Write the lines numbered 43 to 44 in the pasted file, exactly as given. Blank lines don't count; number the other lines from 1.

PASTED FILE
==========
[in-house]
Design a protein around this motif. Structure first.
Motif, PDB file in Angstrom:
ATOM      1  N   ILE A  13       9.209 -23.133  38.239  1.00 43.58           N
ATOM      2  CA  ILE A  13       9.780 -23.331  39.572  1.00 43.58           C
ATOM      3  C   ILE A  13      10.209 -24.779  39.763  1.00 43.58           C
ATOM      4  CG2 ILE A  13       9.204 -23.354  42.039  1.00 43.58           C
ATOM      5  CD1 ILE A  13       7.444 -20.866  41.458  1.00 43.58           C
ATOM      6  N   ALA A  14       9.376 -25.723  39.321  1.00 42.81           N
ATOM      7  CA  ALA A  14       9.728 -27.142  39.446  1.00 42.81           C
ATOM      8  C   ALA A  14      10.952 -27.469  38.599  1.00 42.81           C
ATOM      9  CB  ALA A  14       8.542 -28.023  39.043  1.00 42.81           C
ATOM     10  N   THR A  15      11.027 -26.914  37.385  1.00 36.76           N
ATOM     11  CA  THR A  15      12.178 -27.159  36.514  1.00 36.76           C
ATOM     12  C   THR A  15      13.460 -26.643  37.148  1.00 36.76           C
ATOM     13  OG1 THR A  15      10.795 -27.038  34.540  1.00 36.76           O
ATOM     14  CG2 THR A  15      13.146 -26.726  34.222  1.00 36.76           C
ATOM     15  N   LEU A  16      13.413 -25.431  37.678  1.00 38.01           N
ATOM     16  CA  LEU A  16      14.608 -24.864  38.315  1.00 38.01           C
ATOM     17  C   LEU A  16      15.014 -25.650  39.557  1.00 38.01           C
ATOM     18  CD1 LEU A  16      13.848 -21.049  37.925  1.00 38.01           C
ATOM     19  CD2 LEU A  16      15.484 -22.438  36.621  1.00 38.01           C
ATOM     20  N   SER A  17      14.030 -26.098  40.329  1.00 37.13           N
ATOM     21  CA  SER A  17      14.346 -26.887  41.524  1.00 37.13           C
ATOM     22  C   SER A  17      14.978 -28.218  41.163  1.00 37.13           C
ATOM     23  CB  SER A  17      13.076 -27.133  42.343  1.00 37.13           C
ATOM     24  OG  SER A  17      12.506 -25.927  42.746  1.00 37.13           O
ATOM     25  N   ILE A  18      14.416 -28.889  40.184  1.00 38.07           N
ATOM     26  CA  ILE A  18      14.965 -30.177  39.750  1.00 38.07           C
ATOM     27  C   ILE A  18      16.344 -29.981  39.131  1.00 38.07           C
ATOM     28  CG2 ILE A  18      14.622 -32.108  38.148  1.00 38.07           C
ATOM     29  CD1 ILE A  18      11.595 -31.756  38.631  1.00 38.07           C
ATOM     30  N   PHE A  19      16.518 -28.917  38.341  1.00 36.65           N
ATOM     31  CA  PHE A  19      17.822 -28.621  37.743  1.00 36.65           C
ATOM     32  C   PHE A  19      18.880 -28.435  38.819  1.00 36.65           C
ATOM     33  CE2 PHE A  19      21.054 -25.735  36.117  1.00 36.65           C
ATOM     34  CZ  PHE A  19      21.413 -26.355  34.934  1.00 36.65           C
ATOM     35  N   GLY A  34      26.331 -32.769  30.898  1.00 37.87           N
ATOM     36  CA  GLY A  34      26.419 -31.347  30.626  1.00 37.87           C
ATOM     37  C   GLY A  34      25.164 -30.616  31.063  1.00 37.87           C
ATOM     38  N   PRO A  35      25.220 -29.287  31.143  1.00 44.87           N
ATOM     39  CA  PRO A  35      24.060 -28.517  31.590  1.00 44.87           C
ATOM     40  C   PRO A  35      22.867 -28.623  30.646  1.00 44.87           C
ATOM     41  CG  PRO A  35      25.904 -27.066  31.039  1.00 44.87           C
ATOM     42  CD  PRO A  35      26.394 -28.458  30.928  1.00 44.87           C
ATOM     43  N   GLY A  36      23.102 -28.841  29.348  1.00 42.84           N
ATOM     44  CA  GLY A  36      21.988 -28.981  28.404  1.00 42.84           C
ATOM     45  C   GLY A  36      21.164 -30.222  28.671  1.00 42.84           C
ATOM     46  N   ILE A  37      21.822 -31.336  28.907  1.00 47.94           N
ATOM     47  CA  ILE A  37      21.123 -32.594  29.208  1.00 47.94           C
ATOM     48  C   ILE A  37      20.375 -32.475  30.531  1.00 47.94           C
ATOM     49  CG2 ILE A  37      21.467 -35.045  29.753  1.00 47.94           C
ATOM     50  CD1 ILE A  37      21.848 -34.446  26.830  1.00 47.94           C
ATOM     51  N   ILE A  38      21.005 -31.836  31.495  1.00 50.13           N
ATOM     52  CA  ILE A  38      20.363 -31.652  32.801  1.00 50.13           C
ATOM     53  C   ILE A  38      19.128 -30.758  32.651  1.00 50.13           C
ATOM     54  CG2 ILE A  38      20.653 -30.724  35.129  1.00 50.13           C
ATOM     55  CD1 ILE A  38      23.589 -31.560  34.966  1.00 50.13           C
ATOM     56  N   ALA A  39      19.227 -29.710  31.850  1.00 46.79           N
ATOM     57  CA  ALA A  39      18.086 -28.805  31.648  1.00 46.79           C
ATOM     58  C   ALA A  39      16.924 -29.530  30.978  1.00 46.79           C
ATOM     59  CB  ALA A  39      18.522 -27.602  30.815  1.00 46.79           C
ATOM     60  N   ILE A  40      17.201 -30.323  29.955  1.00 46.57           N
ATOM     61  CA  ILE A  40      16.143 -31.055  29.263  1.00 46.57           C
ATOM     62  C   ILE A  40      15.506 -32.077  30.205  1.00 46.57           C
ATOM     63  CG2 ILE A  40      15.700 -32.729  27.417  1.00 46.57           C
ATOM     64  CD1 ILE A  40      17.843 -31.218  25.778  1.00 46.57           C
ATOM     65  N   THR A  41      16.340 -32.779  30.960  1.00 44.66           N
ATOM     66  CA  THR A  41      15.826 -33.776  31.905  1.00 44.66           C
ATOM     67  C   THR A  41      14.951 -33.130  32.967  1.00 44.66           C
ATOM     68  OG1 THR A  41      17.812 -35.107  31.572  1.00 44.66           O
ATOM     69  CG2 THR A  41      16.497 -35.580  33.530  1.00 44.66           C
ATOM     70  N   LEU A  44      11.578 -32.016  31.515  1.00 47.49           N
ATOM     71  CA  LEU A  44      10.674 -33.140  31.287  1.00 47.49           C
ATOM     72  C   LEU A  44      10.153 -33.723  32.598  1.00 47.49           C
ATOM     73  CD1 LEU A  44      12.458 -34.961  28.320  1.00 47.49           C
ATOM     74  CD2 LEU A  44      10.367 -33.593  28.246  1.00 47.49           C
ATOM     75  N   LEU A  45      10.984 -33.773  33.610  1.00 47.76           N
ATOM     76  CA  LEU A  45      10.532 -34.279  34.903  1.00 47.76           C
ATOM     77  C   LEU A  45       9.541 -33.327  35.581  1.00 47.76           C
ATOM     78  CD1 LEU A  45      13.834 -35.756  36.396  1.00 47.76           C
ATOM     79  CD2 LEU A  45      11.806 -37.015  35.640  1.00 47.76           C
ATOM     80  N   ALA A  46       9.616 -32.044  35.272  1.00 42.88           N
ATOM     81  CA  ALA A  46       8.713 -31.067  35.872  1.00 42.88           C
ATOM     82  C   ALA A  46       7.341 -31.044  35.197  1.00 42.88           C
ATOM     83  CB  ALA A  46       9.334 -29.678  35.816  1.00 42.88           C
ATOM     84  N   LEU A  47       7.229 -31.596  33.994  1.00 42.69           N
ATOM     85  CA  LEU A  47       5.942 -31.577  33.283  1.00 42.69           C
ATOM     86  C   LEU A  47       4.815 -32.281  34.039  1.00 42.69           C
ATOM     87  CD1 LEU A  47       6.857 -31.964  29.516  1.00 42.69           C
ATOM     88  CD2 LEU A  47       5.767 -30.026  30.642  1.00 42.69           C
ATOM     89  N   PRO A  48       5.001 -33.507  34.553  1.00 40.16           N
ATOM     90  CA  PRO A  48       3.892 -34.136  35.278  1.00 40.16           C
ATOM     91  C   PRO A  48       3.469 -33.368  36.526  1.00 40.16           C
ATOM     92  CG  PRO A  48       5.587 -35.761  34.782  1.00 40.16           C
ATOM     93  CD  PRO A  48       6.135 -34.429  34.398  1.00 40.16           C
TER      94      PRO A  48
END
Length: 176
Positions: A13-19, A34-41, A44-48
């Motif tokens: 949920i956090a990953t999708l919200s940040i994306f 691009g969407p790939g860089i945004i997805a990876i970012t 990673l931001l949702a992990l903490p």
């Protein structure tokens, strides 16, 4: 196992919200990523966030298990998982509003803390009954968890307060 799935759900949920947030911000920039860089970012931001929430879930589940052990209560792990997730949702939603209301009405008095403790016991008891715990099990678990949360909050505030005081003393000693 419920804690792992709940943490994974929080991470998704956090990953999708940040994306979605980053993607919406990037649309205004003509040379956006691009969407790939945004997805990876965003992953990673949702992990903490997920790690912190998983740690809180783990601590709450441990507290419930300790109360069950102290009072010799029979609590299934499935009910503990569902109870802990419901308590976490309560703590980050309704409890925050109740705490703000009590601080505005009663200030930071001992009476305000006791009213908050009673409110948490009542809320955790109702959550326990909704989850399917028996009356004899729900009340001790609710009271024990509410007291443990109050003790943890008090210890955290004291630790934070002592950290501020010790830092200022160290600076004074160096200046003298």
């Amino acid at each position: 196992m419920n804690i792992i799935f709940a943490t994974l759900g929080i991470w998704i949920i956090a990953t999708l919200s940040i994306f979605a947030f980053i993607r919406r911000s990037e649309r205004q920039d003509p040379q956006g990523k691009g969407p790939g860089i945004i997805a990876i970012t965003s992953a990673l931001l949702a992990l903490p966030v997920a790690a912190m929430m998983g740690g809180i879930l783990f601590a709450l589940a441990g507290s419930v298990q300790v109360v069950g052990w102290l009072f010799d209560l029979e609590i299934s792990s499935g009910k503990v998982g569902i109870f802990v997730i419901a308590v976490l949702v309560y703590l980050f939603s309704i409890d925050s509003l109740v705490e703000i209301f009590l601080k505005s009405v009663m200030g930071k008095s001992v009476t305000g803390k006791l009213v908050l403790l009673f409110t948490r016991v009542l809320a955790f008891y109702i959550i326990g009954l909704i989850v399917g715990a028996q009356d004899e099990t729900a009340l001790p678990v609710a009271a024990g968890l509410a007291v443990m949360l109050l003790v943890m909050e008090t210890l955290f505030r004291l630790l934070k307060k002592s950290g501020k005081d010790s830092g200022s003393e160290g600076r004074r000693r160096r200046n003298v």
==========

ATOM     40  C   PRO A  35      22.867 -28.623  30.646  1.00 44.87           C
ATOM     41  CG  PRO A  35      25.904 -27.066  31.039  1.00 44.87           C